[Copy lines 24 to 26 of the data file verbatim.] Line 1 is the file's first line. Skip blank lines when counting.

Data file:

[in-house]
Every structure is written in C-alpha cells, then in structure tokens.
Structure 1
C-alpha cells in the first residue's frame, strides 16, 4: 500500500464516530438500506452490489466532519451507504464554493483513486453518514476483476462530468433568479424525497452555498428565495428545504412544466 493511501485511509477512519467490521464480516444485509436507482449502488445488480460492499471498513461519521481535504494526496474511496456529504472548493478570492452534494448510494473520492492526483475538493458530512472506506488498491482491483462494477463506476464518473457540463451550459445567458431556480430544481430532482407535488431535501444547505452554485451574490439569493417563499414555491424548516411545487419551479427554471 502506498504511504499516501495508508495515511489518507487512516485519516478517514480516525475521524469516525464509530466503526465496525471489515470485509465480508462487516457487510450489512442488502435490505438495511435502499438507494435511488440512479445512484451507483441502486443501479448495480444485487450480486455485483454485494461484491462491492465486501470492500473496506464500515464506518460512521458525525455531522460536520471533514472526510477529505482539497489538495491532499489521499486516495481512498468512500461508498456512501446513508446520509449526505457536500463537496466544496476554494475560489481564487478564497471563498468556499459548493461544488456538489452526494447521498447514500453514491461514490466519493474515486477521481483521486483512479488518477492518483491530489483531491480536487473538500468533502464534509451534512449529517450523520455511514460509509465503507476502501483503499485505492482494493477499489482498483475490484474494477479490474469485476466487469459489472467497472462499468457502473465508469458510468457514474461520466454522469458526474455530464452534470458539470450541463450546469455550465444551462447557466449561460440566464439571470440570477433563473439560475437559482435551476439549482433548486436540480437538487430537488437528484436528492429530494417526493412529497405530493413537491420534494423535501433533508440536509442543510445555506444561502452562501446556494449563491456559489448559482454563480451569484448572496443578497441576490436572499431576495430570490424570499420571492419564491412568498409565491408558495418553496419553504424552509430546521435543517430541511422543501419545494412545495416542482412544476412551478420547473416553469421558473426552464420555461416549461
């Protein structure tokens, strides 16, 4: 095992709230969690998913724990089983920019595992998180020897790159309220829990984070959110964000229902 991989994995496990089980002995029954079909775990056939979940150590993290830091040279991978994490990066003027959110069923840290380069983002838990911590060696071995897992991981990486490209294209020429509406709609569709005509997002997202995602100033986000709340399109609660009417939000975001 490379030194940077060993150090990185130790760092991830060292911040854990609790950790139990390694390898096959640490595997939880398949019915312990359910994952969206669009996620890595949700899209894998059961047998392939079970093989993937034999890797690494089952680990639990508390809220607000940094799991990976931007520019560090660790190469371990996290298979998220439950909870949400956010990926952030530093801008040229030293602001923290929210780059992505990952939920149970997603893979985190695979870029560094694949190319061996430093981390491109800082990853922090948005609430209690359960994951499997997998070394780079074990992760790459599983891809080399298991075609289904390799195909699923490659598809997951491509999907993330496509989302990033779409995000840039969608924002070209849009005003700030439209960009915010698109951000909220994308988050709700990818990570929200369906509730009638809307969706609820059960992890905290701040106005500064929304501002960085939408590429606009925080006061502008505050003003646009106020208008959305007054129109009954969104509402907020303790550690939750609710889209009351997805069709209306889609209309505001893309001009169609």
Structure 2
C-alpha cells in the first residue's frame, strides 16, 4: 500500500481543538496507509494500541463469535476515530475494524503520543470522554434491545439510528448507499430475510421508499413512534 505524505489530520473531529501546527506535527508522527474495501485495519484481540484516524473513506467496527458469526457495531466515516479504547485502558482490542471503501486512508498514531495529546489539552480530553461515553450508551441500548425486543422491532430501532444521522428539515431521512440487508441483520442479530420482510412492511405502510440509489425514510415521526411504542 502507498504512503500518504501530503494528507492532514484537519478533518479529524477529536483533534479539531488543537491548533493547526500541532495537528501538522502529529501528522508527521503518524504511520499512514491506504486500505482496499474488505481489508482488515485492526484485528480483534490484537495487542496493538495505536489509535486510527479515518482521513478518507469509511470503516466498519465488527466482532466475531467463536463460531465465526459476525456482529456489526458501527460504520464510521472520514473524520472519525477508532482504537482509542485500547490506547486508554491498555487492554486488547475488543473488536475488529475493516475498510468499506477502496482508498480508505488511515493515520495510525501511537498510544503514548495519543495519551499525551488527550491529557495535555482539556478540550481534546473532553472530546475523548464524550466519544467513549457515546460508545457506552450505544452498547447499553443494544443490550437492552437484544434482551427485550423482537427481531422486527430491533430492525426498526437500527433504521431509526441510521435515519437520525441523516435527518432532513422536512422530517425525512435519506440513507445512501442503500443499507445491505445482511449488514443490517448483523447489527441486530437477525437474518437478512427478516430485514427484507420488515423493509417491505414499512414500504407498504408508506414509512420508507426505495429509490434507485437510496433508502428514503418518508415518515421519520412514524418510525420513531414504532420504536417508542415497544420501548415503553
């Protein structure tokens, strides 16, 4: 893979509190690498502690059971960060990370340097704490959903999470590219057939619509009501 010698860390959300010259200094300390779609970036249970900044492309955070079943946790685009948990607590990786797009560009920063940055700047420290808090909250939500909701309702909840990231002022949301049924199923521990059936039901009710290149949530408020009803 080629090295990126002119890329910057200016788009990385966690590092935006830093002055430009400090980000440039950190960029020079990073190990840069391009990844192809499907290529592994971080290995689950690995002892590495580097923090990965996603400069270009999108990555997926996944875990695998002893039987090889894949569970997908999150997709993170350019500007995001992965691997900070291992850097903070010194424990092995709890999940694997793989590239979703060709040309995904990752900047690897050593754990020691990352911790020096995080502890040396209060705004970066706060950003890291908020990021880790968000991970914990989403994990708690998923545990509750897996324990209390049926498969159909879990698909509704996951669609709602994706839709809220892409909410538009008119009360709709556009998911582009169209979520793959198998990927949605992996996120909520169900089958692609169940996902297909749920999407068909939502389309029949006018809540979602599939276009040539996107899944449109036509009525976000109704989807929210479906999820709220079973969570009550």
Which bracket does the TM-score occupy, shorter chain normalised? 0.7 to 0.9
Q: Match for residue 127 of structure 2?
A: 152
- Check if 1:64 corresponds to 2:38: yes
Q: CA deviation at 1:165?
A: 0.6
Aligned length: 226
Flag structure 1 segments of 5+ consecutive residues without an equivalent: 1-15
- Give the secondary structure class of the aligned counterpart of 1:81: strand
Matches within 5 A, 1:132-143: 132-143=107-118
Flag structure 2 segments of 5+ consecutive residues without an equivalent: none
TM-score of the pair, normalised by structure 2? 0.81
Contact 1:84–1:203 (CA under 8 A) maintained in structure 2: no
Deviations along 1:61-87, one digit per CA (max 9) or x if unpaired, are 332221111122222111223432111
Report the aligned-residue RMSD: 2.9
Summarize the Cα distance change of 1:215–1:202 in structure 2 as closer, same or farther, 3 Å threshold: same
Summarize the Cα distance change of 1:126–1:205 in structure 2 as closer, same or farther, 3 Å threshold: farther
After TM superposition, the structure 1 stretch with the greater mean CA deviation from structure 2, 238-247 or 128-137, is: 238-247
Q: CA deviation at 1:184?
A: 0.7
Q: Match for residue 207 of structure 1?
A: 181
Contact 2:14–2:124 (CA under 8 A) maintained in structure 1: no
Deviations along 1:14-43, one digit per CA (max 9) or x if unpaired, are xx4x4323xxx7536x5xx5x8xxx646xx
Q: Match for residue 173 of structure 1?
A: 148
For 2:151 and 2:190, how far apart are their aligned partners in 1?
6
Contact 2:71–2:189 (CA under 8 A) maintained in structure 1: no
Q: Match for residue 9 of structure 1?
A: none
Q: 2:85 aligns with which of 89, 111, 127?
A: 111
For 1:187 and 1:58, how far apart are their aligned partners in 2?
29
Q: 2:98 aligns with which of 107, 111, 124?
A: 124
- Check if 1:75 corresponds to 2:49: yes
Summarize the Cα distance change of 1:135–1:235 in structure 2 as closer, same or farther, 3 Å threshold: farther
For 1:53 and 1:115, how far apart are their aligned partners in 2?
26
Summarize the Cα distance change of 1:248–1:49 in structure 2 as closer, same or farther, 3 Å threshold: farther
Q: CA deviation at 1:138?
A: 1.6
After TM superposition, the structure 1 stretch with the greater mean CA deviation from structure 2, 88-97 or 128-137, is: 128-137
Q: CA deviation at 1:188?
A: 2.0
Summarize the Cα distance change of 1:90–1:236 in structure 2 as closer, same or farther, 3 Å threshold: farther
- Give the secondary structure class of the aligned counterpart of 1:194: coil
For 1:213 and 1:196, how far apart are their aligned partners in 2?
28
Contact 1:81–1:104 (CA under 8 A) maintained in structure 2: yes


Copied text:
Summarize the Cα distance change of 1:215–1:202 in structure 2 as closer, same or farther, 3 Å threshold: same
Summarize the Cα distance change of 1:126–1:205 in structure 2 as closer, same or farther, 3 Å threshold: farther
After TM superposition, the structure 1 stretch with the greater mean CA deviation from structure 2, 238-247 or 128-137, is: 238-247